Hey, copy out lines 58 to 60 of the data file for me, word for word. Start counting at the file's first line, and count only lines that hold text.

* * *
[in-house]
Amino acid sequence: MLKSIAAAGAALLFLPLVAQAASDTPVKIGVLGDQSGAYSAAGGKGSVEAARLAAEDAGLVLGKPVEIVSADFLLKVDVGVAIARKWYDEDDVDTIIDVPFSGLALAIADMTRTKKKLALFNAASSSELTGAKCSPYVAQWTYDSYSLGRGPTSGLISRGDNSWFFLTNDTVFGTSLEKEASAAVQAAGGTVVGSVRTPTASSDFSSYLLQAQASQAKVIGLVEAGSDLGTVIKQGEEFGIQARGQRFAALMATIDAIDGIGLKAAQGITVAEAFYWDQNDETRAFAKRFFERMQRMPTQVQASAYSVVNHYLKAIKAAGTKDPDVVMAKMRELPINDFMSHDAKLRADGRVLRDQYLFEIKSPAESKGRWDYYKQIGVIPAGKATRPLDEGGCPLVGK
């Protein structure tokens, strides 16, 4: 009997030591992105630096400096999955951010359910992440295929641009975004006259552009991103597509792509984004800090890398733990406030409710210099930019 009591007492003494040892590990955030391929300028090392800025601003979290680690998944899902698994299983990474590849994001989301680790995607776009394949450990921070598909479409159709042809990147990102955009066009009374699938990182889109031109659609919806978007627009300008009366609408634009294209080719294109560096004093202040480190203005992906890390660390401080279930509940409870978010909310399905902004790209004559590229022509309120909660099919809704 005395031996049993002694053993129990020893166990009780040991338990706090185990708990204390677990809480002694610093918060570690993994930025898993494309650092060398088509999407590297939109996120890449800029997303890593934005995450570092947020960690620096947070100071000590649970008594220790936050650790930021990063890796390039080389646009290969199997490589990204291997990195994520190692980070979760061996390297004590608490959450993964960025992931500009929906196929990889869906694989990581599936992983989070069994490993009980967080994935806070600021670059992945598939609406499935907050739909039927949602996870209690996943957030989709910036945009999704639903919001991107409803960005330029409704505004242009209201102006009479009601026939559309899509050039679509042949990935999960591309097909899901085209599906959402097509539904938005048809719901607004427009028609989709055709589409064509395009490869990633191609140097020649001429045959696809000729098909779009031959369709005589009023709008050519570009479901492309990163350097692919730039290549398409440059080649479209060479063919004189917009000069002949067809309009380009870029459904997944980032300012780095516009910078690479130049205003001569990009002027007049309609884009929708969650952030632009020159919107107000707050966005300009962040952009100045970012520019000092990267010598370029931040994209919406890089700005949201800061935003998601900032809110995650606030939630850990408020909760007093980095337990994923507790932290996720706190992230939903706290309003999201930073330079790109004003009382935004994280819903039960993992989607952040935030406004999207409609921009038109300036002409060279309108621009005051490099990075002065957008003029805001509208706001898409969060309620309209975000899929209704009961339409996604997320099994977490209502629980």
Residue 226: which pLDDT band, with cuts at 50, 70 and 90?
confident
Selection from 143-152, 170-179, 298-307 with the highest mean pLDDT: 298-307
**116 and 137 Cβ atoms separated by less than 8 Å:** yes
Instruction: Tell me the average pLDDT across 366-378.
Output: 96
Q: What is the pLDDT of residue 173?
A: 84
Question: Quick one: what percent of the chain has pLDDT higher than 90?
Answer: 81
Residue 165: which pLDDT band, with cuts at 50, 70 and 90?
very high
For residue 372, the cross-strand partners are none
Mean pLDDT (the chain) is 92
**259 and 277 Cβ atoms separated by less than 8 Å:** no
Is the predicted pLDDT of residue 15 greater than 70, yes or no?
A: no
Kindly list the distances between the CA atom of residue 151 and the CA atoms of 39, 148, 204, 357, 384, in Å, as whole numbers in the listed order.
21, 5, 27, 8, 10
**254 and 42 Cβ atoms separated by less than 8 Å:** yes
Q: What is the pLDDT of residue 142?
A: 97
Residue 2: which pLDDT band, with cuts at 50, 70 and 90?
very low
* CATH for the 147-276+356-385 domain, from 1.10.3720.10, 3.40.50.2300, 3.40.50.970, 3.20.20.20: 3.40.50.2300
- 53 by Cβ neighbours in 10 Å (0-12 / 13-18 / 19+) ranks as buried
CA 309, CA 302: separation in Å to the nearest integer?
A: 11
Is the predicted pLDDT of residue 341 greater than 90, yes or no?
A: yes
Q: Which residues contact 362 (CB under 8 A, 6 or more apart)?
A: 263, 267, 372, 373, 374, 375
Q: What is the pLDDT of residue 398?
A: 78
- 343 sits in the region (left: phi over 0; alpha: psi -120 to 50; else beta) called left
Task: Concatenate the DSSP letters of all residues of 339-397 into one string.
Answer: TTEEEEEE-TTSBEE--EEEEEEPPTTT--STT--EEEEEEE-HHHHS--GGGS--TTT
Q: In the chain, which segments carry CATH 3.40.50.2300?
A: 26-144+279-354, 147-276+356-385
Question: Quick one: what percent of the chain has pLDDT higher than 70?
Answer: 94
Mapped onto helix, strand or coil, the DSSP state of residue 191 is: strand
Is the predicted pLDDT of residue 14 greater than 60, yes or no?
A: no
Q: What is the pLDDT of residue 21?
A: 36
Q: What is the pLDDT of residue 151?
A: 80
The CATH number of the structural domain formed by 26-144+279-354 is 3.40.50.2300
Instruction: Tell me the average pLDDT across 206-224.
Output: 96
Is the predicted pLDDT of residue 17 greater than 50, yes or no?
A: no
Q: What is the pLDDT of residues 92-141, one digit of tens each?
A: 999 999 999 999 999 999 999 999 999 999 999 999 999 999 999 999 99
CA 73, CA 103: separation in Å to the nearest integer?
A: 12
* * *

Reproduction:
A: 999 999 999 999 999 999 999 999 999 999 999 999 999 999 999 999 99
CA 73, CA 103: separation in Å to the nearest integer?
A: 12